First, set this craft up outside. Inside, using 5 gallon Spackle buckets to mix the concrete, is a bad idea. It's way too hard to keep spills from happening. At the Community House they set up four tables, each covered with butcher paper, in a shady spot under some trees. Not too hot. Perfect.
Second, mix the concrete in a wheelbarrow. A wheelbarrow with 2 wheels in front is preferable, being less tippy. Mix the stuff with a shovel. Set up the wheelbarrow near a hose.
Third, instead of expensive craft-store molds, buy cheap plastic plant saucers (those things that go under potted plants to keep the water from going all over the place). These are usually about fifty cents apiece. You don't need to grease them with Vaseline because you can flex and bend them to get the stepping stone out.
Fourth, BEFORE filling the mold with concrete, write the child's name on the plant saucer with a sharpie.
Fifth, have two adults hold the mold while it is being filled with a scoop of concrete since it is too heavy for a child. The plant saucers are not as sturdy as an official Stepping Stone Mold would be. Then have the two adults carry the mold over to one of the paper-covered tables in the shade so the child can decorate the stepping stone at his/her leisure.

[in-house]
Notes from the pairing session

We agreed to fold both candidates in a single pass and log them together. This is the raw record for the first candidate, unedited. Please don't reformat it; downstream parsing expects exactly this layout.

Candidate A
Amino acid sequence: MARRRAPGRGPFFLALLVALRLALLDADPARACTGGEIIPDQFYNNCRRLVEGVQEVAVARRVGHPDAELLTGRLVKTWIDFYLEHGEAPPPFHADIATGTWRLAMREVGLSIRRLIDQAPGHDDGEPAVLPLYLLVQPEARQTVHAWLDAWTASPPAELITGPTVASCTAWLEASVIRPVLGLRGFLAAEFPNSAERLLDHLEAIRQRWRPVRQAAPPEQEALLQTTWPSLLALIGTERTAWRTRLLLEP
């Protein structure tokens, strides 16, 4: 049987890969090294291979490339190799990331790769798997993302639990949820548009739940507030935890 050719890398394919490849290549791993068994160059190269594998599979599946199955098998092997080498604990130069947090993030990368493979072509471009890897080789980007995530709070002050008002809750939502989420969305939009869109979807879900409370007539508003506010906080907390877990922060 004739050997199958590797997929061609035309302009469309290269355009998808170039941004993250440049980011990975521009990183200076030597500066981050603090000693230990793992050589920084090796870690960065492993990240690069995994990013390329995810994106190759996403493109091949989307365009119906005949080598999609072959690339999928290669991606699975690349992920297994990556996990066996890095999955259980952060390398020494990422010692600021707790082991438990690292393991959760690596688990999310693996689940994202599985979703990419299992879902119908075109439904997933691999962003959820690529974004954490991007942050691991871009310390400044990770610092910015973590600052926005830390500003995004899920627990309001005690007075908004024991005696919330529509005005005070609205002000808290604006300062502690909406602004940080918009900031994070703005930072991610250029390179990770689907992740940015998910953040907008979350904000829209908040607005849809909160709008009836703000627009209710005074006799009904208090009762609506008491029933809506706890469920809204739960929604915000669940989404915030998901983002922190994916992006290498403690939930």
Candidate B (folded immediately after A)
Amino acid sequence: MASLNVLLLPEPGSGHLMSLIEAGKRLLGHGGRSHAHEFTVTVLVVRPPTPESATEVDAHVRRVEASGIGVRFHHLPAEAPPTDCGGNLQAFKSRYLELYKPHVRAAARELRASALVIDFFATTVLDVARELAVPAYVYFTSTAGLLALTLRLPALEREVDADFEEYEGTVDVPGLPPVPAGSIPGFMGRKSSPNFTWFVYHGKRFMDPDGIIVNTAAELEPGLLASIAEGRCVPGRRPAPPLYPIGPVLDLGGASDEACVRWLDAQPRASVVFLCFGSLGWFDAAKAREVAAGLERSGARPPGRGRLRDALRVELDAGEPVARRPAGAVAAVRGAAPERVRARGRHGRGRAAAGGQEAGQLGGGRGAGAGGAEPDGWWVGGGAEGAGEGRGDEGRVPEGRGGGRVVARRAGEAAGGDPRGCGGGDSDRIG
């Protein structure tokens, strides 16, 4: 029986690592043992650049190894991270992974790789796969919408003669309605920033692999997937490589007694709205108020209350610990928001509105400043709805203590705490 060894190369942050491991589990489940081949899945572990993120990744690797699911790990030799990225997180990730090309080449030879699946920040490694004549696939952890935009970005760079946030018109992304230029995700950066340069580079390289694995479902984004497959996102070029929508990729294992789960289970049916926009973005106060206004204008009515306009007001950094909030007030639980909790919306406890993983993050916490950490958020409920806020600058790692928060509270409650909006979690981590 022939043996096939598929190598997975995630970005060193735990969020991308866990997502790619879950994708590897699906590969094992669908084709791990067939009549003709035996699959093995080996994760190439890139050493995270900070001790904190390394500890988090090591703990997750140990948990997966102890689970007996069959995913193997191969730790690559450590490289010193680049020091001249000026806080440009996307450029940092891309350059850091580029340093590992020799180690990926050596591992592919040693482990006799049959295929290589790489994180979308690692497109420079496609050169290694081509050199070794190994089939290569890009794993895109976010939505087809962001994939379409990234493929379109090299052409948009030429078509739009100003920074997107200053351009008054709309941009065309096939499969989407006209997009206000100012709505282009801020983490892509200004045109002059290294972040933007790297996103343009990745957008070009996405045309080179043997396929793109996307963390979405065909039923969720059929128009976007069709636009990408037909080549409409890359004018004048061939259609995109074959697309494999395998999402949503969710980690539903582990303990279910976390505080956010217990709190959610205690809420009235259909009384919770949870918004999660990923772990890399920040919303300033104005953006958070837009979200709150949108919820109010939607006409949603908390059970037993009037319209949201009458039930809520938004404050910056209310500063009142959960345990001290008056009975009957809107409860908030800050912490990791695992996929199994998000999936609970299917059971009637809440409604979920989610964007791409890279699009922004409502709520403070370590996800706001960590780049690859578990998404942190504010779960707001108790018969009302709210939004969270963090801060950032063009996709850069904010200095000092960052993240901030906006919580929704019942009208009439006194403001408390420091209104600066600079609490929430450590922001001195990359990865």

Sixth, you can never have too many decorating options. They had piles of shells in all sizes and shapes, beach glass, little hearts and other shapes, glass pebbles, feathers, sprigs of pine... everything you can imagine. There were bags of all kinds of goodies scattered around on the tables and the children got to decorate to their hearts' content.
Seventh, and this probably goes without saying, clean up the wheelbarrow and shovel with water immediately after you are done. Don't let the stuff harden! On the other hand, set the stepping stones in the sun overnight (since you do want them to harden) and in the morning, twist them to pop them out of the mold.